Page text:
In reading Matthew 13, one parable of a sower, we hear about wisdom, judgement, but it is difficult to know what to make of it. Here are some of my thoughts. In the first place, we learn that the best intentions can have at their root, a less desirable companion, impossible to discern until the crop is revealed. I think we all have this experience of planning an event perhaps, but discovering a problem at the last minute: I forgot about gluten free wafers, I didn’t know you were allergic to cats, or lilies, or whatever; I recommended that person without knowing the stresses would be bad for them. And so on. In Romans, Paul speaks of this existential dilemma. To act, to speak necessitates risk and a willingness to wait for the maturity of a plan before chopping it.
The “devil” in Job and in the story of Jesus’ temptation is just this principle of uncertainty, of a need for the “right” rather than the evolving answer. The devil is a test of our willingness not to be uncertain. Faith is not about knowing what is right, so much as a trust that we are meant to learn and grow, naturally shedding the “weeds” of our nature as we develop. Faith means trusting that what is good will not be lost, but we will not know until the denouement, the harvest. And at that time, we will see clearly, and all that has tried to get in the way of joy will be cast away, all that has potential to harm, will be destroyed.
Summer garden at Kipling Avenue, Guelph.
I do not really think this parable is about the denouement, however. I think it is about how “disciples” trust that everything resides within the divine, as we hear in the Wisdom of Solomon. Disciples know that change and growth takes time and tending, patience and forbearance. We are invited to share in the process, with faith that the seed is good, the time of testing is limited, and what we feared could ruin everything, has no final substance.
This parable has relevance as we meet new people, and as they bring ideas that challenge us. We tend to be quick to defend the status quo, without considering that it may be flawed by what has grown up around it. Again, new things must be nurtured until they reach maturity. Then we will see that there are some ideas and actions that need to evaluated and discarded.
The church has had varying degrees of faithfulness in this. We have not defended women, or children; we have been complicit in the colonization and enslavement of other nations. We have been unwilling to release our hold of rigid definitions of gender, and have imposed our blindness on generations. We persecuted or ignored the prophets in our midst. We separated ourselves from Jesus’ own people.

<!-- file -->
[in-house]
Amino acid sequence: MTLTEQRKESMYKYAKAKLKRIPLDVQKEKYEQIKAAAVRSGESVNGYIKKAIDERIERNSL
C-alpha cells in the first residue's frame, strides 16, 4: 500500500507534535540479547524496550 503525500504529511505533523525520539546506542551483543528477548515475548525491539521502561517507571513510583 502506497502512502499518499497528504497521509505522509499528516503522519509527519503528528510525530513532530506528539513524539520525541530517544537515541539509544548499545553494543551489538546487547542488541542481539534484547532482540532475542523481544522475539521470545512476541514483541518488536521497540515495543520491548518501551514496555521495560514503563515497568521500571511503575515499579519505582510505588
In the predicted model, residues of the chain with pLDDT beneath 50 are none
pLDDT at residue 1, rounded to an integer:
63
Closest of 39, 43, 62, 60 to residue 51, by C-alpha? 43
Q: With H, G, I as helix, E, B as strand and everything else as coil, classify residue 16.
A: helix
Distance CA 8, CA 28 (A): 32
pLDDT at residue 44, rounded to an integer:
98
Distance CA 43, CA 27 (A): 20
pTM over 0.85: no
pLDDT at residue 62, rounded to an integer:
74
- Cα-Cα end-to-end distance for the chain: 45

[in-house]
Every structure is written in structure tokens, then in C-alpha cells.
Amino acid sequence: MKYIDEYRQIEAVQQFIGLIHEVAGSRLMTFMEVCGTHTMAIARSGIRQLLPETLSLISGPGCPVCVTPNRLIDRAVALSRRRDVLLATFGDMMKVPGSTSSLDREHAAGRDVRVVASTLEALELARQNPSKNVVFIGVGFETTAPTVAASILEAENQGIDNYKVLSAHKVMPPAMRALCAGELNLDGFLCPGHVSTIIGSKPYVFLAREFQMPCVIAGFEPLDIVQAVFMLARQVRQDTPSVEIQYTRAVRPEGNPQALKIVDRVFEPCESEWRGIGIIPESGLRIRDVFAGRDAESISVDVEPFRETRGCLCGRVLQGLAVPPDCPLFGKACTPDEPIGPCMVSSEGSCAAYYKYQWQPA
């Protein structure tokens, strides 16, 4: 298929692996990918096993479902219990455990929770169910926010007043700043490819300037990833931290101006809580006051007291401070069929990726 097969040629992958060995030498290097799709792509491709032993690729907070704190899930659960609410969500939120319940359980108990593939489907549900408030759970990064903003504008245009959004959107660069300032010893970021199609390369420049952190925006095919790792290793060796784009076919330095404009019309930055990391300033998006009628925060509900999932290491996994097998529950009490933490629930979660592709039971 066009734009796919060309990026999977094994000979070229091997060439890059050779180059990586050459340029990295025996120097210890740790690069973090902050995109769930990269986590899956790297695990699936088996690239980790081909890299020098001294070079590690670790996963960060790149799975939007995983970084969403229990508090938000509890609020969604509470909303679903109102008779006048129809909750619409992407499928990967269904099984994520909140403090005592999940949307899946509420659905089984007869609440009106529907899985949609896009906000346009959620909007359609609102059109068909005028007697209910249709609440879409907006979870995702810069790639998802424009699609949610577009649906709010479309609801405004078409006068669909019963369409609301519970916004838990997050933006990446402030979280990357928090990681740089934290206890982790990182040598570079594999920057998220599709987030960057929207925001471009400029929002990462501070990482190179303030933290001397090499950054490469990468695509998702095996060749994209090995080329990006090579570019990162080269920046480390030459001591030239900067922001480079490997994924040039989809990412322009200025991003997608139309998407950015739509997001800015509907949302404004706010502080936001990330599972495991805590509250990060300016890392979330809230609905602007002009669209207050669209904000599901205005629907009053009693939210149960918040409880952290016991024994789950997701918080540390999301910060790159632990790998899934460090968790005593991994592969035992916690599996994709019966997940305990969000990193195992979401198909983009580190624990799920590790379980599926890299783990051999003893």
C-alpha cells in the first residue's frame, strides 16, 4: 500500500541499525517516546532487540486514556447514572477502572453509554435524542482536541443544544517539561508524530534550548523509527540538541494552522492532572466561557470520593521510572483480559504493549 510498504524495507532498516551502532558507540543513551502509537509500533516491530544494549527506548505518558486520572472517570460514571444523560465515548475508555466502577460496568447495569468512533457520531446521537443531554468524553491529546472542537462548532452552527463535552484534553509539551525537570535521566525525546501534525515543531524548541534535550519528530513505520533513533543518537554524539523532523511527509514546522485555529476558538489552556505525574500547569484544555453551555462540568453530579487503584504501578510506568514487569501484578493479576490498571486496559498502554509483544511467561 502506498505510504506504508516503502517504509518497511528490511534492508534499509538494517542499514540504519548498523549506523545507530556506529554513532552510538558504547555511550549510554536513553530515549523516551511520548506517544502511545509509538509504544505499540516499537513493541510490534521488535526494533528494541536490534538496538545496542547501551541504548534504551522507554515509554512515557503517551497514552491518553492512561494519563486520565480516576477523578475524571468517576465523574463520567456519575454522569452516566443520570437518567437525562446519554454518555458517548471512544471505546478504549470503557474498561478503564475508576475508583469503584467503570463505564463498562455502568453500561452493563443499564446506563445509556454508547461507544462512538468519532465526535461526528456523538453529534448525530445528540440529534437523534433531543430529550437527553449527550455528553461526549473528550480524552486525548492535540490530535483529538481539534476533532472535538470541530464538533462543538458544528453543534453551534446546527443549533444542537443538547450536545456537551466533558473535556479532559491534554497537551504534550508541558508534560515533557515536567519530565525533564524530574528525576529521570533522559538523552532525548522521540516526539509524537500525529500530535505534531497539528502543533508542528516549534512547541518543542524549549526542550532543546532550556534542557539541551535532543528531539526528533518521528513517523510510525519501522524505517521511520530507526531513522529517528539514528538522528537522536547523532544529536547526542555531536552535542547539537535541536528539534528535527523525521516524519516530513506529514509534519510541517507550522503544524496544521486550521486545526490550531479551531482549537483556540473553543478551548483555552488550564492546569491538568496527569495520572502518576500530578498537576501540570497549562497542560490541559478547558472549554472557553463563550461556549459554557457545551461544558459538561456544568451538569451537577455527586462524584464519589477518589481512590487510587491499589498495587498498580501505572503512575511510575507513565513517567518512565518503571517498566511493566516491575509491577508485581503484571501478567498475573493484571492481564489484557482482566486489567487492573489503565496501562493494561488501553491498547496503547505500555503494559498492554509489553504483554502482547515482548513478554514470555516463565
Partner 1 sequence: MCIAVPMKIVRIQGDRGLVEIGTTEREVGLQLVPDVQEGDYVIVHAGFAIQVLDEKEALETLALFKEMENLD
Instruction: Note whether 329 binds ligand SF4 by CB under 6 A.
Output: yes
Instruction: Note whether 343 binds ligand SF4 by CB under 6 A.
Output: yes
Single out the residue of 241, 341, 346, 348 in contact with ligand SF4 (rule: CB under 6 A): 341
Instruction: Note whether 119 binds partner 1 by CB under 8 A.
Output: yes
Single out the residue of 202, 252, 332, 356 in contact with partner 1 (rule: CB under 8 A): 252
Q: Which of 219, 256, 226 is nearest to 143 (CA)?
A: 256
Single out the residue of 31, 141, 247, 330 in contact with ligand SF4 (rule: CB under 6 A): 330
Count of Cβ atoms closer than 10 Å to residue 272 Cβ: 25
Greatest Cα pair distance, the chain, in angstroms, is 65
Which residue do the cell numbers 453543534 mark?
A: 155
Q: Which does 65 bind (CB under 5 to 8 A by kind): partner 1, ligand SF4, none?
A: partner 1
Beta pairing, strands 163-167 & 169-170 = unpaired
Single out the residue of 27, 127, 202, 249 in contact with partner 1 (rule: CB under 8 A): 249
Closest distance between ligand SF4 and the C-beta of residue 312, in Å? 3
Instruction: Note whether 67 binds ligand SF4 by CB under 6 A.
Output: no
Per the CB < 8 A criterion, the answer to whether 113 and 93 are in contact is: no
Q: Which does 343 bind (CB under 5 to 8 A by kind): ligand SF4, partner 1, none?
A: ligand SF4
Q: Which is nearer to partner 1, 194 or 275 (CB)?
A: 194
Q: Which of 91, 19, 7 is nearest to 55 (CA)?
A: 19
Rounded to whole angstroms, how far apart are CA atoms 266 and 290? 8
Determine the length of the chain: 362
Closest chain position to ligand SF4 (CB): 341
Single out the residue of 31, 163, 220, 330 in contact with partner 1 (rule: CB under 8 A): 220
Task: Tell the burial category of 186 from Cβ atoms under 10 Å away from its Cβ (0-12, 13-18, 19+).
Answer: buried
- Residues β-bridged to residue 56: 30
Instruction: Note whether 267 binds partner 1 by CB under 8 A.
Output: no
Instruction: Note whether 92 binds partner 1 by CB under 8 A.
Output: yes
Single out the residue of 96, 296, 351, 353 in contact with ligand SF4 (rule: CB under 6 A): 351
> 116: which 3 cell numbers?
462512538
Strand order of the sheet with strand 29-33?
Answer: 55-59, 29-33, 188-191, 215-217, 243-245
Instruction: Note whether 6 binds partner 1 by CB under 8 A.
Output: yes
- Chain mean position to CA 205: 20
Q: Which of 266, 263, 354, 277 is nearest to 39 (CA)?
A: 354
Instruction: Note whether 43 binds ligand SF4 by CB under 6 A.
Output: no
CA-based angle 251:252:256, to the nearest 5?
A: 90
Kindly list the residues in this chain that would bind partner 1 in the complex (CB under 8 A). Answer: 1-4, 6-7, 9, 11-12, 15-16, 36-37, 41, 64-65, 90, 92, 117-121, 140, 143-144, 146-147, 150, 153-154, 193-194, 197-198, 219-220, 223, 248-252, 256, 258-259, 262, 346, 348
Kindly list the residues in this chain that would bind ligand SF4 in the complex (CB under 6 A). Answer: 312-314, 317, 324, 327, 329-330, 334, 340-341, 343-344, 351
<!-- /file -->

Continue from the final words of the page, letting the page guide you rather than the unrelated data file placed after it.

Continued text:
And yet I feel and witness the possibility of change, of a willingness to let go of the “weeds” that grew with the good news of Jesus, a Jew of incredible insight. Jesus the Jew, with his rich heritage of oppression and liberation, of personal poverty and the wealth of community, that person has the power to define a more faithful way of engaging in the struggle to lift up the vulnerable, while refusing to be trapped by the roots of prejudice and ignorance. After this time of disease, we may discover that the healthy roots of our faith may look very different, our objectives may have clarified, that prayer and action may be indistinguishable from each other. Jesus did not tell us to weed the garden, but to grow it with our tears of both joy and suffering, with the compost of history and repentance, and with the sunshine that relaxes our souls and caresses us with a vision of the holiness in life, that great gift that inspires us.
In fact, the editors of the Biblical Archaeology Society have painstakingly curated a brand new Special Collection, Satan, to help you delve into the topic. It includes all of the scholarly points noted above, and all of these articles are from Bible Review:
- From Seraph to Satan: Shape-shifting in the Garden of Eden by Mary Joan Winn Leith
- Fallen Star: The Evolution of Lucifer by Ronald F. Youngblood
- Who the Devil is Beelzebul? by Bradley L. Stein
- Exorcising Demons by William H.C. Propp
- The Harrowing of Hell by Heidi J. Hornik and Mikeal C. Parsons